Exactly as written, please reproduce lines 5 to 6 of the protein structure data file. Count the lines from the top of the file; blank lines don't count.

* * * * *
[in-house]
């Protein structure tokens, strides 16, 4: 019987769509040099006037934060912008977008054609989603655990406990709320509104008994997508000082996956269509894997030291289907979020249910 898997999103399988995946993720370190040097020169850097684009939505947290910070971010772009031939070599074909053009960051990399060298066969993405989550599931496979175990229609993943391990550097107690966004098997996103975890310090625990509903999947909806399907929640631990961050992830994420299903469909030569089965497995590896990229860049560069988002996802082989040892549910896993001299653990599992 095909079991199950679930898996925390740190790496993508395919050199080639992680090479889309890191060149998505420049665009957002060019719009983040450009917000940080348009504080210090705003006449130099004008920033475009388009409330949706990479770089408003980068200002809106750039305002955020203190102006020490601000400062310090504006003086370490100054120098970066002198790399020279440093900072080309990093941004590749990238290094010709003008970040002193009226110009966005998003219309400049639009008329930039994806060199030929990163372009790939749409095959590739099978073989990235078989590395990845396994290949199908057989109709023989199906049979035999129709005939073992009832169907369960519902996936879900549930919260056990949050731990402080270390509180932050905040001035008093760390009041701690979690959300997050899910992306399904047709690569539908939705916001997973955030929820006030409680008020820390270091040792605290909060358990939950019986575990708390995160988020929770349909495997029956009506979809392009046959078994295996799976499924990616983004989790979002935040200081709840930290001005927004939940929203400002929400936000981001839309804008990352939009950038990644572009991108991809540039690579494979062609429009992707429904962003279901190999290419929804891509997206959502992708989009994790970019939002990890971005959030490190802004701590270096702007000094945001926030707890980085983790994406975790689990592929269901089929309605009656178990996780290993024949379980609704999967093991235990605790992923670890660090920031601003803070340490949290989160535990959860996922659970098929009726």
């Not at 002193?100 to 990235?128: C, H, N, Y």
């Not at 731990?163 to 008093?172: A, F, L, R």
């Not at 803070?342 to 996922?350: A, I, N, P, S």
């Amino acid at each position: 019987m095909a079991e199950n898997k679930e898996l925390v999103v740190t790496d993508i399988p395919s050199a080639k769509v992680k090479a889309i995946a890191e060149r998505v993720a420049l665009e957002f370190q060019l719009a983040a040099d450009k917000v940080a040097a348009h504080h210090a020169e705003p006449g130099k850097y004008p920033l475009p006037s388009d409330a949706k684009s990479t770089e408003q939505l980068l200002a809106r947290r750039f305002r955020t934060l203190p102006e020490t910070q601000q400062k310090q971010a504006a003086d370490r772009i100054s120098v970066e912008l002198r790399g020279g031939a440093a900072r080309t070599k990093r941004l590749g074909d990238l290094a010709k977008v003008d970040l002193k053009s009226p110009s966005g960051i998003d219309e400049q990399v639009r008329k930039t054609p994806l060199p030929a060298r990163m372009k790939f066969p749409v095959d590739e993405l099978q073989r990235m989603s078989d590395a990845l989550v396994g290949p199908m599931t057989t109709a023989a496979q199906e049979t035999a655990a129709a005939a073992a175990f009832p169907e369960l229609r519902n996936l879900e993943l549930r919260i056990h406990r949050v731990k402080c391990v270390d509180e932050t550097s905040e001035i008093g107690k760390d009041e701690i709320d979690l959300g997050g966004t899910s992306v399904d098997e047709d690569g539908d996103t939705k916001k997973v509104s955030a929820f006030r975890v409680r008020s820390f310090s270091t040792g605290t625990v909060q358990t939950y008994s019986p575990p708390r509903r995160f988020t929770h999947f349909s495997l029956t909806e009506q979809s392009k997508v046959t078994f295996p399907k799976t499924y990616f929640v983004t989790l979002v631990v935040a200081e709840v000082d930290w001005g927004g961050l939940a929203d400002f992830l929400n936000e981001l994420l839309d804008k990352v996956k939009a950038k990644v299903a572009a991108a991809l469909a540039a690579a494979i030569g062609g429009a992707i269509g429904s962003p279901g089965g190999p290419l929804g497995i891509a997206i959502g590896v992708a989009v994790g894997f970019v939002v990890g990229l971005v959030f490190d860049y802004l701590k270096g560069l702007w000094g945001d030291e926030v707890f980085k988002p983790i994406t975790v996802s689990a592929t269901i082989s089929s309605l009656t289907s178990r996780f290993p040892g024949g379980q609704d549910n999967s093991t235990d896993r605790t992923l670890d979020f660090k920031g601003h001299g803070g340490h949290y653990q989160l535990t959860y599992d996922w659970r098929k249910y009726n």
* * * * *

């Not at 803070?342 to 996922?350: A, I, N, P, S």
């Amino acid at each position: 019987m095909a079991e199950n898997k679930e898996l925390v999103v740190t790496d993508i399988p395919s050199a080639k769509v992680k090479a889309i995946a890191e060149r998505v993720a420049l665009e957002f370190q060019l719009a983040a040099d450009k917000v940080a040097a348009h504080h210090a020169e705003p006449g130099k850097y004008p920033l475009p006037s388009d409330a949706k684009s990479t770089e408003q939505l980068l200002a809106r947290r750039f305002r955020t934060l203190p102006e020490t910070q601000q400062k310090q971010a504006a003086d370490r772009i100054s120098v970066e912008l002198r790399g020279g031939a440093a900072r080309t070599k990093r941004l590749g074909d990238l290094a010709k977008v003008d970040l002193k053009s009226p110009s966005g960051i998003d219309e400049q990399v639009r008329k930039t054609p994806l060199p030929a060298r990163m372009k790939f066969p749409v095959d590739e993405l099978q073989r990235m989603s078989d590395a990845l989550v396994g290949p199908m599931t057989t109709a023989a496979q199906e049979t035999a655990a129709a005939a073992a175990f009832p169907e369960l229609r519902n996936l879900e993943l549930r919260i056990h406990r949050v731990k402080c391990v270390d509180e932050t550097s905040e001035i008093g107690k760390d009041e701690i709320d979690l959300g997050g966004t899910s992306v399904d098997e047709d690569g539908d996103t939705k916001k997973v509104s955030a929820f006030r975890v409680r008020s820390f310090s270091t040792g605290t625990v909060q358990t939950y008994s019986p575990p708390r509903r995160f988020t929770h999947f349909s495997l029956t909806e009506q979809s392009k997508v046959t078994f295996p399907k799976t499924y990616f929640v983004t989790l979002v631990v935040a200081e709840v000082d930290w001005g927004g961050l939940a929203d400002f992830l929400n936000e981001l994420l839309d804008k990352v996956k939009a950038k990644v299903a572009a991108a991809l469909a540039a690579a494979i030569g062609g429009a992707i269509g429904s962003p279901g089965g190999p290419l929804g497995i891509a997206i959502g590896v992708a989009v994790g894997f970019v939002v990890g990229l971005v959030f490190d860049y802004l701590k270096g560069l702007w000094g945001d030291e926030v707890f980085k988002p983790i994406t975790v996802s689990a592929t269901i082989s089929s309605l009656t289907s178990r996780f290993p040892g024949g379980q609704d549910n999967s093991t235990d896993r605790t992923l670890d979020f660090k920031g601003h001299g803070g340490h949290y653990q989160l535990t959860y599992d996922w659970r098929k249910y009726n």